Presentation and management of pneumomediastinum in patients with COVID-19 infection
Pneumomediastinum, characterized by the presence of air in the mediastinum, can be primary (spontaneous) or secondary. Although relatively rare and usually benign with an incidence of 1 in 7,000 to 12,000 hospital admissions, some cases can develop hemodynamic instability due to mechanical pressure, reducing venous return and may require emergency surgery. Prior to the COVID-19 pandemic, reports of tension pneumomediastinum were infrequent, and there was no consensus on the best surgical approach to manage this condition. This review considers the diverse presentations, underlying causes, and diagnostic and operative approaches in patients with COVID-19 infection and pneumomediastinum. A systematic search of databases, including PubMed and Scopus, was conducted. Articles were reviewed to identify the risk factors for pneumomediastinum, the hemodynamic consequences, and approaches to management in both COVID-19 and non-COVID-19 cases. In patients with COVID-19 infection, pneumomediastinum represents a risk factor for poor outcomes, especially in patients requiring mechanical ventilation. In patients with tension pneumomediastinum, surgical release of mediastinal air is essential and can use suprasternal incisions, lateral sternal incisions, or sternotomy, all with drains. These patients are also at increased risk for tension pneumothorax and may require surgical chest tubes.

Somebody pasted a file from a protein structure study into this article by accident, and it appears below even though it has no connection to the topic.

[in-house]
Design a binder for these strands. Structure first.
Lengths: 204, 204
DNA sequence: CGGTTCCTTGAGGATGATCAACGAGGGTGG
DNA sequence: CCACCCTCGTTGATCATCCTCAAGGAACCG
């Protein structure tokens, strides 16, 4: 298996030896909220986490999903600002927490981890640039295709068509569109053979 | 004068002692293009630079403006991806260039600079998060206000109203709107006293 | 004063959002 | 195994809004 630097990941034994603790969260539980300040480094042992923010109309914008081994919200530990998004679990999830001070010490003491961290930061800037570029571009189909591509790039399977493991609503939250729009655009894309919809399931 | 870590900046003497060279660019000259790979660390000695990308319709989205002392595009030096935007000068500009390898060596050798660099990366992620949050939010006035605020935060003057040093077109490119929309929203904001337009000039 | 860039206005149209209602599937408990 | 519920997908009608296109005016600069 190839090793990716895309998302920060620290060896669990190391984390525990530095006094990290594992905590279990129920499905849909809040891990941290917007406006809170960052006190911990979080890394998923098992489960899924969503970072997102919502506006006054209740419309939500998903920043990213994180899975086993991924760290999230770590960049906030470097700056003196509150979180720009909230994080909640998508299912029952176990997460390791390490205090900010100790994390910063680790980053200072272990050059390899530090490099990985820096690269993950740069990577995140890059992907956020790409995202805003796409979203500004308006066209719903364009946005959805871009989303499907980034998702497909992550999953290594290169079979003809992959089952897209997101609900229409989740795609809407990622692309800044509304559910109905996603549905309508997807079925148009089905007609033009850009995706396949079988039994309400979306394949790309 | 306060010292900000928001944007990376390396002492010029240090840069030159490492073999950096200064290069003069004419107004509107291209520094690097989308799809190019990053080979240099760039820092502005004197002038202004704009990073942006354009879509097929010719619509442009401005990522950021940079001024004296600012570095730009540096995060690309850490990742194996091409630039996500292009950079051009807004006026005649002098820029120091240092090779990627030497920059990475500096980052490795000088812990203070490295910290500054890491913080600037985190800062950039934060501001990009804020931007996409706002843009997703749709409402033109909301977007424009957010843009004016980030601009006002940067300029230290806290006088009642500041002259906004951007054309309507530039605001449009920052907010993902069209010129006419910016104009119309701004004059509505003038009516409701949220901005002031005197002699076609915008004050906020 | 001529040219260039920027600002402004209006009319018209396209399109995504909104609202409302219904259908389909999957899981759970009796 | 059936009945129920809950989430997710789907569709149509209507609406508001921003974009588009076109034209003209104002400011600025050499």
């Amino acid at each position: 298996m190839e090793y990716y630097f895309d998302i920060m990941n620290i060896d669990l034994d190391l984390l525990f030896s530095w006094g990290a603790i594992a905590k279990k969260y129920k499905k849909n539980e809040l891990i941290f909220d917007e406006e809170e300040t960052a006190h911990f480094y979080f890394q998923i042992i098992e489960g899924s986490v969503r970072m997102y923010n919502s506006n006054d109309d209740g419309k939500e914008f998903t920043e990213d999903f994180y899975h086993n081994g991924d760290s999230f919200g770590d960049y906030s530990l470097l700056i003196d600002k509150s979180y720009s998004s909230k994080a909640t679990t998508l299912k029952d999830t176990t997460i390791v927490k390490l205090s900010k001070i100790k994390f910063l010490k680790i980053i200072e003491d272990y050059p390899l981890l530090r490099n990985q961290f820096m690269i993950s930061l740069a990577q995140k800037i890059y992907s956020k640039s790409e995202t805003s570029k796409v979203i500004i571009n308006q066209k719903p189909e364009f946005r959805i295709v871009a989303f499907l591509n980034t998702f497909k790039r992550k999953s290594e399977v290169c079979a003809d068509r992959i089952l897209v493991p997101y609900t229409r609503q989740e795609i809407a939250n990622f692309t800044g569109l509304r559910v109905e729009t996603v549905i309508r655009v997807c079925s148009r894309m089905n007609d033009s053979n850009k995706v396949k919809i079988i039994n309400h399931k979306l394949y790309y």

Keywords: Pneumomediastinum, COVID-19, hemodynamics, surgical management, clinical challenges
Copyright (c) 2023 Sulaiman Karim, Kenneth Nugent
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